In September of 2021, the 10-year treasury sat just over 1.50% and mortgage rates were in the 3% range for many borrowers. Housing prices were soaring and financial depositories across the country were dealing with margin compression as investment options felt limited with interest rates hovering around all-time lows. Institutions grappled with challenges on pricing loans that may hang around for a longer period than expected as borrowers may seek to hold onto their low mortgage rates for as long as they can. Shorter duration assets like auto loans were being priced aggressively to generate some form of spread over the risk-free rate and generate profits.
Fast-forward one year to a very different environment. Interest rates are substantially higher, and many assets originated last year are now at substantial discounts – some also with significantly longer expected average lives. Despite the nominally low interest rates, institutions who hedged those assets are not as concerned about either the interest rate risk or their profits as they properly capitalized and funded those assets for the long term.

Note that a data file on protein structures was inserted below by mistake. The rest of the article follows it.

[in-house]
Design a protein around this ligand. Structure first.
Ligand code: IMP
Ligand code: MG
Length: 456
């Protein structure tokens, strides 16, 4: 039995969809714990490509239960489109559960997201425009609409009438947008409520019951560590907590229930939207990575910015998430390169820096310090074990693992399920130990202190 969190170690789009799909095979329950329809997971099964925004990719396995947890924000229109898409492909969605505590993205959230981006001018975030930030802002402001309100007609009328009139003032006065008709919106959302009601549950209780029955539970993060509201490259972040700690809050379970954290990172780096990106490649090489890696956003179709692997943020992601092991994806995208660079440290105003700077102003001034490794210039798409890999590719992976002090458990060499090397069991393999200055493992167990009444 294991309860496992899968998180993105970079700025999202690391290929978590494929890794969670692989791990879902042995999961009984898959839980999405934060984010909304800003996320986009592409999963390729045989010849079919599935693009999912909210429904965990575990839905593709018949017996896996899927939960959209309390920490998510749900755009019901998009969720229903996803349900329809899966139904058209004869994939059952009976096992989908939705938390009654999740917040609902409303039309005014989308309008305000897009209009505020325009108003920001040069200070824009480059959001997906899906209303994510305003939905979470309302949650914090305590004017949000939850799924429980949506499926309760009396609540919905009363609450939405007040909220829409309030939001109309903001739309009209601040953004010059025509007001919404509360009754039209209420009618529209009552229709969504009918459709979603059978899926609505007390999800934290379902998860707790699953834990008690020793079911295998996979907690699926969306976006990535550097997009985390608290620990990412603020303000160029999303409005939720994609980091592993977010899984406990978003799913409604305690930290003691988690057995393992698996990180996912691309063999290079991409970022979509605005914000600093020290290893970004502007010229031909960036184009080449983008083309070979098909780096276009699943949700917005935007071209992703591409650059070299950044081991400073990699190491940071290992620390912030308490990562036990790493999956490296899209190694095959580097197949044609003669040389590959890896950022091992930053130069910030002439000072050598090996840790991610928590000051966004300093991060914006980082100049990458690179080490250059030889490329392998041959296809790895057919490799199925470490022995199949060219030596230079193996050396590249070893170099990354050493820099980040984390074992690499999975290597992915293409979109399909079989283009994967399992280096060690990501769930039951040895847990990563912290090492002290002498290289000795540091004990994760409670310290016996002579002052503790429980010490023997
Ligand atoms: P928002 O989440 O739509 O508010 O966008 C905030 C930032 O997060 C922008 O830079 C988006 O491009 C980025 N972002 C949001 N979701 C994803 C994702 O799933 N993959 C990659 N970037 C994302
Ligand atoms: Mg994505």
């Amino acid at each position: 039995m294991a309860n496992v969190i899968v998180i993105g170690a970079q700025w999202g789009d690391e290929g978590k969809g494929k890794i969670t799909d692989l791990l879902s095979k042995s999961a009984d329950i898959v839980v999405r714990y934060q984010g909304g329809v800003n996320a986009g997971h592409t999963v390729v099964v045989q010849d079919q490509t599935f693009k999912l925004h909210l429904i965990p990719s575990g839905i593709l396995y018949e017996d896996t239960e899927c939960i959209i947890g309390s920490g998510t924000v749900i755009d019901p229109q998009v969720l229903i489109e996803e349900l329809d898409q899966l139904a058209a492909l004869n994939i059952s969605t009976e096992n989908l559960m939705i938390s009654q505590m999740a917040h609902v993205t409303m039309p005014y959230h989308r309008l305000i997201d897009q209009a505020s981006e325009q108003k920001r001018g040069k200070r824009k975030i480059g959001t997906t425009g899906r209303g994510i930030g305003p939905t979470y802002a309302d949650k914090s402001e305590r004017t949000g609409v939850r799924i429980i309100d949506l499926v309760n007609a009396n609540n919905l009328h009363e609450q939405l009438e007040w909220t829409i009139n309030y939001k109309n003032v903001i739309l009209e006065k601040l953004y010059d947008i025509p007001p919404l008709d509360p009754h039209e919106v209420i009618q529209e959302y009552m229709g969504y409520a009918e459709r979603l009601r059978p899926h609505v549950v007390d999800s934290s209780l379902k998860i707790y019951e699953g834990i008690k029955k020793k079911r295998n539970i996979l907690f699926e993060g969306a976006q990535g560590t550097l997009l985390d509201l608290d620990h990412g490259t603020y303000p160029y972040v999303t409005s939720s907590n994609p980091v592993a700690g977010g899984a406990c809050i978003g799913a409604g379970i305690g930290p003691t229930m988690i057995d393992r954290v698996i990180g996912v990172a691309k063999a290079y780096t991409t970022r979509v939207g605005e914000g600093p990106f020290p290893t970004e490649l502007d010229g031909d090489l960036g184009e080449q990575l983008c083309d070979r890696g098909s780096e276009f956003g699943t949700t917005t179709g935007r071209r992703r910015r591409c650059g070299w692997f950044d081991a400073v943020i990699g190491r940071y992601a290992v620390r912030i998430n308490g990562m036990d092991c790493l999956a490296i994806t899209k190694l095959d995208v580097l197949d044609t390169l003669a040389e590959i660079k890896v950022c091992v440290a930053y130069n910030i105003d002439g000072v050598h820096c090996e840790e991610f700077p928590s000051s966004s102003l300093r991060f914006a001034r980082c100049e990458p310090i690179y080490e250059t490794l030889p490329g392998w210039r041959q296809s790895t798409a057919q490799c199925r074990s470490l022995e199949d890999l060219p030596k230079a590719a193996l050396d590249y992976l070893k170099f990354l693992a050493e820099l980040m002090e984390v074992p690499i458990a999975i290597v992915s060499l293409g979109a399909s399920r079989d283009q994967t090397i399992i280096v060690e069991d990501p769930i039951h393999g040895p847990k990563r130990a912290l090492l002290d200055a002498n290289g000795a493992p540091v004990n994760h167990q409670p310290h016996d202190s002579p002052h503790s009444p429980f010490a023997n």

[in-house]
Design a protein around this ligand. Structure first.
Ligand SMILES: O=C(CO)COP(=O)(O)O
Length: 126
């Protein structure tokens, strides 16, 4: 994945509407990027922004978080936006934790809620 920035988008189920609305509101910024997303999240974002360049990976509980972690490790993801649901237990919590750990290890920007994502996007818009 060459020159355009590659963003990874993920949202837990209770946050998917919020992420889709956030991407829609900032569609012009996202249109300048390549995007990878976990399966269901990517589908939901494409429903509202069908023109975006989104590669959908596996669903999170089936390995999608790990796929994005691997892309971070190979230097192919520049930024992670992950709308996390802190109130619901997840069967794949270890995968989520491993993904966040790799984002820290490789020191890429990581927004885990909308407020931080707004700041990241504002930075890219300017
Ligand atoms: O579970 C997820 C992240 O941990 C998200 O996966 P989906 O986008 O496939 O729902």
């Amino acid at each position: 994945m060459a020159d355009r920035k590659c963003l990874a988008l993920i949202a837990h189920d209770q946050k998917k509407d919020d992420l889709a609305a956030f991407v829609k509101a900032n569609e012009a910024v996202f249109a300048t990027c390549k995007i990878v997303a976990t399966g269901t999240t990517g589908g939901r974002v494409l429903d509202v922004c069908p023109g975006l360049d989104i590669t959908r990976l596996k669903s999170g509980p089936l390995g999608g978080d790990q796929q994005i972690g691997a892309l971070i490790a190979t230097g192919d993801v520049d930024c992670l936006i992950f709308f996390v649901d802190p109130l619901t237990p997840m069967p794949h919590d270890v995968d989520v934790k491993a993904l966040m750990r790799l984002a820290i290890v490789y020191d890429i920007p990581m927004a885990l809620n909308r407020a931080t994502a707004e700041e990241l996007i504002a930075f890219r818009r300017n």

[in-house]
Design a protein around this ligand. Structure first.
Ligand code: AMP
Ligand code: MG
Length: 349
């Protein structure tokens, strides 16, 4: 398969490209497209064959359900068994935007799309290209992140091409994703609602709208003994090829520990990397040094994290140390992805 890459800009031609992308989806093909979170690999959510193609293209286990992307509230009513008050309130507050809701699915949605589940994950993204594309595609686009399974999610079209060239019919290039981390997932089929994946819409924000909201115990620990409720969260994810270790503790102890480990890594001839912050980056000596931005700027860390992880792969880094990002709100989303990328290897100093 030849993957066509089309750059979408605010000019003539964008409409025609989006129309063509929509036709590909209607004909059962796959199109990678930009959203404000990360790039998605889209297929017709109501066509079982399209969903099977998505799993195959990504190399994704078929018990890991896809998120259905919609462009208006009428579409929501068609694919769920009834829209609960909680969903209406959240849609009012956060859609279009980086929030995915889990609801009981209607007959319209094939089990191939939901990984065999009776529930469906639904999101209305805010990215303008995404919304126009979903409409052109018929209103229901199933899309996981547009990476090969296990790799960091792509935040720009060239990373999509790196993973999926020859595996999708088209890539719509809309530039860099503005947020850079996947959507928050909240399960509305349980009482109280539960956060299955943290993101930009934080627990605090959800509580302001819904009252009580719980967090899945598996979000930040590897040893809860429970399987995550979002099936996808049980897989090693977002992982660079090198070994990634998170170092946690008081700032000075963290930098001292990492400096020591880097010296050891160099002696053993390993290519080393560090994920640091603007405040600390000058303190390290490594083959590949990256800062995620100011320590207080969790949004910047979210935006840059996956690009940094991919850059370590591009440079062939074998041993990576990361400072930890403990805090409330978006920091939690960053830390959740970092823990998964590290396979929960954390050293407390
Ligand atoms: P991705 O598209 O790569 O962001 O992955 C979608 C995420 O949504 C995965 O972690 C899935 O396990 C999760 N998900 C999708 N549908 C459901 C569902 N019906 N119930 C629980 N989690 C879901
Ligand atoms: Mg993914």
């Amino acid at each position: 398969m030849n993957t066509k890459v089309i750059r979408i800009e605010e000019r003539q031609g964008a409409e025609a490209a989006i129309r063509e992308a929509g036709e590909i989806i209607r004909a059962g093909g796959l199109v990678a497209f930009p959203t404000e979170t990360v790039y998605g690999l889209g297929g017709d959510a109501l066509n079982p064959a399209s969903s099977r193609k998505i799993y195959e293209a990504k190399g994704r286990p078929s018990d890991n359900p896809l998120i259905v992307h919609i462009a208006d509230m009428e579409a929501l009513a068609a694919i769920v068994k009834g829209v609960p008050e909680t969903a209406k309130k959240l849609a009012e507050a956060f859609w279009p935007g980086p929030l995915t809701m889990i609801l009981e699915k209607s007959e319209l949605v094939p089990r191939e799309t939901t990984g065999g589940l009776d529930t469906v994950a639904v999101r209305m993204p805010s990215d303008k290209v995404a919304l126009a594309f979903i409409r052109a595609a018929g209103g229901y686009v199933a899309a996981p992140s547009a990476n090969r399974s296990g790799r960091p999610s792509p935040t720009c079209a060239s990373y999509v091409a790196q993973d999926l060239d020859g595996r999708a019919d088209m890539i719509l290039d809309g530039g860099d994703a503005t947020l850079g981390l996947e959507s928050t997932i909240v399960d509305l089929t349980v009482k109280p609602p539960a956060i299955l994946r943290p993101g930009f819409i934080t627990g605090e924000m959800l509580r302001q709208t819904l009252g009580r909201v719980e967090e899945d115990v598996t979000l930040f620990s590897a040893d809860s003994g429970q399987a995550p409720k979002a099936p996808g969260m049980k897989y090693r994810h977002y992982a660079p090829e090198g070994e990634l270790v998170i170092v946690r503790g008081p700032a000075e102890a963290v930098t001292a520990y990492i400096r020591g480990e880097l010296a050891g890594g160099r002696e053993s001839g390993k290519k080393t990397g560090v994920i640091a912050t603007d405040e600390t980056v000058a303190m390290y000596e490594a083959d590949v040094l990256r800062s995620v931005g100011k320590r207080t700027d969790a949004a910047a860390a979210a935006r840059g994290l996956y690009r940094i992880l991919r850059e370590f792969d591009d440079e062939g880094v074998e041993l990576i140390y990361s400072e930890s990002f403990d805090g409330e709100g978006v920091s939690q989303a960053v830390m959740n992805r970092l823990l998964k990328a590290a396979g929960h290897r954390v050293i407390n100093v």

Today, hedged and funded on the run mortgage loans look very attractive in a risk-adjusted return on capital (RAROC) framework. Marginal return on equity (ROE) on loans should be higher when interest rates are higher and more volatile, which is the environment we are currently in. Take, for example, two common loan products: current coupon 6% 30-year mortgages and 4.50% auto loans, both funded with short term funding at Fed Funds plus 25 basis points and hedged with Fed Funds interest rate swaps.